Pope Benedict XVI, written when he was Cardinal Ratzinger, in the commentary section of the Doctrine of Vatican II, volume V, page 134, stated: "Over the Pope as the expression of the binding claim of ecclesiastical authority, there still stands one's own conscience, which must be obeyed before all else, if necessary even against the requirement of ecclesiastical authority.”

Roman Catholic Church laws are often contradictory. In this instance, canon 1024 limits sacred orders to men, while canon 849 states that baptism is the gateway to the sacraments. Scholar Bishop Ida Raming, doctor of theology, points out a prior church understanding: “some medieval canonists hold that not maleness but baptism is the pre-requisite for valid ordinations: “After being baptized, anyone may be validly ordained.” (The Exclusion of Women from the Priesthood: Causes and Background)

Recent scholarship affirms that women were ordained in the first thousand years of the church’s history. The first half of the church’s history provides us with images and accounts of the inclusion of women in Holy Orders that contradict the later prohibition. We are reclaiming this important tradition in order to bring equality and balance, and reconciliation and renewal to the church we love, and to all the holy people of God who have been hurt, marginalized, and ostracized in the name of Jesus Christ, who always and everywhere said, as we do, that ALL ARE WELCOME.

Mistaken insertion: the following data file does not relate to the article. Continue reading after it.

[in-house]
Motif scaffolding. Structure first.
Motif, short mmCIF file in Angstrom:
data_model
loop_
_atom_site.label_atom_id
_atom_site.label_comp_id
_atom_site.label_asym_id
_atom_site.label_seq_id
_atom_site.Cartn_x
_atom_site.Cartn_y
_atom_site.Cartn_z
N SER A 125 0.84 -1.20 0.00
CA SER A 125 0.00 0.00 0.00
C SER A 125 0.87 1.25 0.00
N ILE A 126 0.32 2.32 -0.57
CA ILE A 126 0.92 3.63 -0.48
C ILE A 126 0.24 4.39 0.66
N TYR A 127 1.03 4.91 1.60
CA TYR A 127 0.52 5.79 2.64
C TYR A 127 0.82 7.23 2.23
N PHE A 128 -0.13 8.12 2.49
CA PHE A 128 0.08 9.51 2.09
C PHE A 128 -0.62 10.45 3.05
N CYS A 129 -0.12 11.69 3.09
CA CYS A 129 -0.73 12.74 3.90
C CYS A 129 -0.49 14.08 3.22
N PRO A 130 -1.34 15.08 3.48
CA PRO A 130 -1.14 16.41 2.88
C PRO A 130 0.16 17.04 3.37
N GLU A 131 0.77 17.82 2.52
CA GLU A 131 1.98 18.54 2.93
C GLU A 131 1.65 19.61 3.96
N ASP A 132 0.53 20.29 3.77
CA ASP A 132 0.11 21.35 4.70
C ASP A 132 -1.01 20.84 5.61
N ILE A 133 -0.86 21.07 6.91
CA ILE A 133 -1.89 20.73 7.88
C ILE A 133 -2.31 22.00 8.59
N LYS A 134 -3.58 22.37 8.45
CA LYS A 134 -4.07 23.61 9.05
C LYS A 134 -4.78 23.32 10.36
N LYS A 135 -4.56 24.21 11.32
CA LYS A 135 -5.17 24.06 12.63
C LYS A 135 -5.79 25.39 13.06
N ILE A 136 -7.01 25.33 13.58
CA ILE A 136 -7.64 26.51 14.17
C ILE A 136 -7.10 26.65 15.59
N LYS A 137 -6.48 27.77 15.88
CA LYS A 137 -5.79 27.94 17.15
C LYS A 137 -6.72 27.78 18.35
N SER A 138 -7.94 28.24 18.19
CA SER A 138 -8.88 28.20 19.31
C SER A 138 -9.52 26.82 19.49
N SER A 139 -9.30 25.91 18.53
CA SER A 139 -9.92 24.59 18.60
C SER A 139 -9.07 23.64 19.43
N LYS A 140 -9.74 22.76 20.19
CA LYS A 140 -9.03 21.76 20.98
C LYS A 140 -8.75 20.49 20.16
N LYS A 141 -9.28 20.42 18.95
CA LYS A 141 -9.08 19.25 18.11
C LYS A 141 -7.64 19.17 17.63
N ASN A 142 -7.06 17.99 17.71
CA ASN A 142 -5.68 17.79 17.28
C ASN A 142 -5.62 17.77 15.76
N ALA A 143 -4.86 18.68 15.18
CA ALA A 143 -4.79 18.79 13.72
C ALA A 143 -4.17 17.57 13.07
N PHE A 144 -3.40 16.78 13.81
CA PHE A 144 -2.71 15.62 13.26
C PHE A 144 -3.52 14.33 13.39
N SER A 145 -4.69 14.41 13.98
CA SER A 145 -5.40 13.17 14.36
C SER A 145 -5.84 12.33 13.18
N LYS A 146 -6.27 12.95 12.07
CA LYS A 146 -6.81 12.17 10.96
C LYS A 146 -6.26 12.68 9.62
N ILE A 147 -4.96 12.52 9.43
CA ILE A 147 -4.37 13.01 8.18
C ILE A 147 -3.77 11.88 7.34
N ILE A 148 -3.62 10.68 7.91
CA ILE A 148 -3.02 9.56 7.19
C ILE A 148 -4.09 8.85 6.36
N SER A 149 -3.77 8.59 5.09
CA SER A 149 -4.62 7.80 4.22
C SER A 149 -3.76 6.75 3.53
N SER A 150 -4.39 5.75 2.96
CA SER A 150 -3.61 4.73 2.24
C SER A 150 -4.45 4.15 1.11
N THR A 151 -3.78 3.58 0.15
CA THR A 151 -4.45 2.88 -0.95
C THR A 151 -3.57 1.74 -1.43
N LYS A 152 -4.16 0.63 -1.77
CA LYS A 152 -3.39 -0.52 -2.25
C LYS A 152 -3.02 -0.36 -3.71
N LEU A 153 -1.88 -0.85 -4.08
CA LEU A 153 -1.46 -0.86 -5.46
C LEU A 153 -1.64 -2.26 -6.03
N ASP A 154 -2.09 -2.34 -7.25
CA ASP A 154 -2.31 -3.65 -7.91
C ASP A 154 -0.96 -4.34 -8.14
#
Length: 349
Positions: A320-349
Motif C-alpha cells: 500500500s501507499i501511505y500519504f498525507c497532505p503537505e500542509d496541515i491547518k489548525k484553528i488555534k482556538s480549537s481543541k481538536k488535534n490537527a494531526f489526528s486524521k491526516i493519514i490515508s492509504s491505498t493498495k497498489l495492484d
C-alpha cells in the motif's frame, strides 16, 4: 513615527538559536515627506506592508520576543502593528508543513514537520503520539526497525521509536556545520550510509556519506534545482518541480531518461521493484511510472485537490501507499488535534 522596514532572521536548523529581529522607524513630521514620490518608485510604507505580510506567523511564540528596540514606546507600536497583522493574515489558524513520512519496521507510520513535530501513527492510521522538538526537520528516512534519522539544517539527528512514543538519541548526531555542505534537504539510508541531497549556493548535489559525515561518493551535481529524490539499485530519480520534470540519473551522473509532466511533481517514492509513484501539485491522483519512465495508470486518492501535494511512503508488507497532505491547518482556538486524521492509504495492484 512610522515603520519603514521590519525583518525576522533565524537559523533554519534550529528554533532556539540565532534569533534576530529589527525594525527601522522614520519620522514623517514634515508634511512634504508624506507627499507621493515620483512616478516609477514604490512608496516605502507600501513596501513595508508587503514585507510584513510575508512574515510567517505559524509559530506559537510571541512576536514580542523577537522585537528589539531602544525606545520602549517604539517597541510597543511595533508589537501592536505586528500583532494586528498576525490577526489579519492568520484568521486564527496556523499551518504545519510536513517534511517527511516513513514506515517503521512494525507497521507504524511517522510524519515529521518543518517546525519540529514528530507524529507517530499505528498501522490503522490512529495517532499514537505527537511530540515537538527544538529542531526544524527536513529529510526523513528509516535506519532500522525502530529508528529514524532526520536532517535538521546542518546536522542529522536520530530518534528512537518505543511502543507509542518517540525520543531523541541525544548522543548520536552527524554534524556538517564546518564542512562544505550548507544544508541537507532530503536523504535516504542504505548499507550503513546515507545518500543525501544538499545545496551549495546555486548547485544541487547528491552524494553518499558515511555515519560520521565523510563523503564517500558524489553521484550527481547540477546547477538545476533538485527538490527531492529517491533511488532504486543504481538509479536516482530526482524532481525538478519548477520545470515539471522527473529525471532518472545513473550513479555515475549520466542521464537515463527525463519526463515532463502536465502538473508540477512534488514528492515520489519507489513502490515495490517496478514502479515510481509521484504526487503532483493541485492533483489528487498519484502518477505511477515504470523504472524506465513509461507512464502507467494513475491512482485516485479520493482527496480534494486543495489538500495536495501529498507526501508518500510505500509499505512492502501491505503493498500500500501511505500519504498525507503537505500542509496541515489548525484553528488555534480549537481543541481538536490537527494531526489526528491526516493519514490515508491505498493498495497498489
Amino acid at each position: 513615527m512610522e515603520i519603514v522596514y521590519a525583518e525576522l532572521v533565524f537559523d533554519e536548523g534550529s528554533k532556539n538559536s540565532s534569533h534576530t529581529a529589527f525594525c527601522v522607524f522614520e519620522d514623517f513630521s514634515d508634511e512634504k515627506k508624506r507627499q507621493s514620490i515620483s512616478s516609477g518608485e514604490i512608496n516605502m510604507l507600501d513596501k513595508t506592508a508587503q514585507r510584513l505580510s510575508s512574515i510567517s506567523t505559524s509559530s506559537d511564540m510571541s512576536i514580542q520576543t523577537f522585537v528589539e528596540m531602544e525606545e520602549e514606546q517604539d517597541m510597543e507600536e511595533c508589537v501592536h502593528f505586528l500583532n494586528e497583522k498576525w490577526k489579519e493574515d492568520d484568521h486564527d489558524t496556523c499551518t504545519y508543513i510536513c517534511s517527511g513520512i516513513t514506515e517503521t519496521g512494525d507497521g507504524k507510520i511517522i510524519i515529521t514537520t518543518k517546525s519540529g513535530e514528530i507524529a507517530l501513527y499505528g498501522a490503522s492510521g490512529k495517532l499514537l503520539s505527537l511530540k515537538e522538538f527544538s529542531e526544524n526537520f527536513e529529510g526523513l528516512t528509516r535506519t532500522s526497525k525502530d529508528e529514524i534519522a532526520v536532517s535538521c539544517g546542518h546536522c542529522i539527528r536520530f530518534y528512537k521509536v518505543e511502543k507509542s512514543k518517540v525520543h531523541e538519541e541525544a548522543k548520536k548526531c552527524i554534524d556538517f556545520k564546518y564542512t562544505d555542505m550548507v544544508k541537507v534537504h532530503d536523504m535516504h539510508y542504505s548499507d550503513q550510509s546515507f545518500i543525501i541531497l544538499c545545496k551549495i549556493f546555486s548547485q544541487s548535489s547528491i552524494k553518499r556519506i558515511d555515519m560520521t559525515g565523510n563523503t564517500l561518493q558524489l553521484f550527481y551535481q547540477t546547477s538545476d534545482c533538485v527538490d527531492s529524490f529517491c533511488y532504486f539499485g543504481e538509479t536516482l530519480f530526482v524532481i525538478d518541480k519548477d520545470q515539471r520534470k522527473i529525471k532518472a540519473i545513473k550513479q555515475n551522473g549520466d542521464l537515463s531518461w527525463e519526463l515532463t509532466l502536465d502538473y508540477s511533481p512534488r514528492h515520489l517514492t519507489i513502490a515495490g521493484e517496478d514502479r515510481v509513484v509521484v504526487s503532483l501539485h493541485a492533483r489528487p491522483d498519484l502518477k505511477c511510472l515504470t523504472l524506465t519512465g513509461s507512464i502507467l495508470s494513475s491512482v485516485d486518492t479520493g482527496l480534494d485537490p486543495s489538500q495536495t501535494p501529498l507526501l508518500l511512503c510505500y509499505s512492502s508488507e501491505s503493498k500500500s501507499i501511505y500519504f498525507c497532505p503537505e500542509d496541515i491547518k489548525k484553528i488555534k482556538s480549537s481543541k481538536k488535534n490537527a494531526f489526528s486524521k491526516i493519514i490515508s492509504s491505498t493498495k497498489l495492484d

“Roman Catholic Womenpriests are leading the way to a renewed Roman Catholic Church in which the full equality of women will be a reality,” commented Bridget Mary Meehan, U.S. media spokeswoman. “Like Mary Magdalene, apostle to the apostles, and the women deacons, priests and bishops who served in the early centuries of our church, we are offering a model of a renewed priesthood in a community of equals.”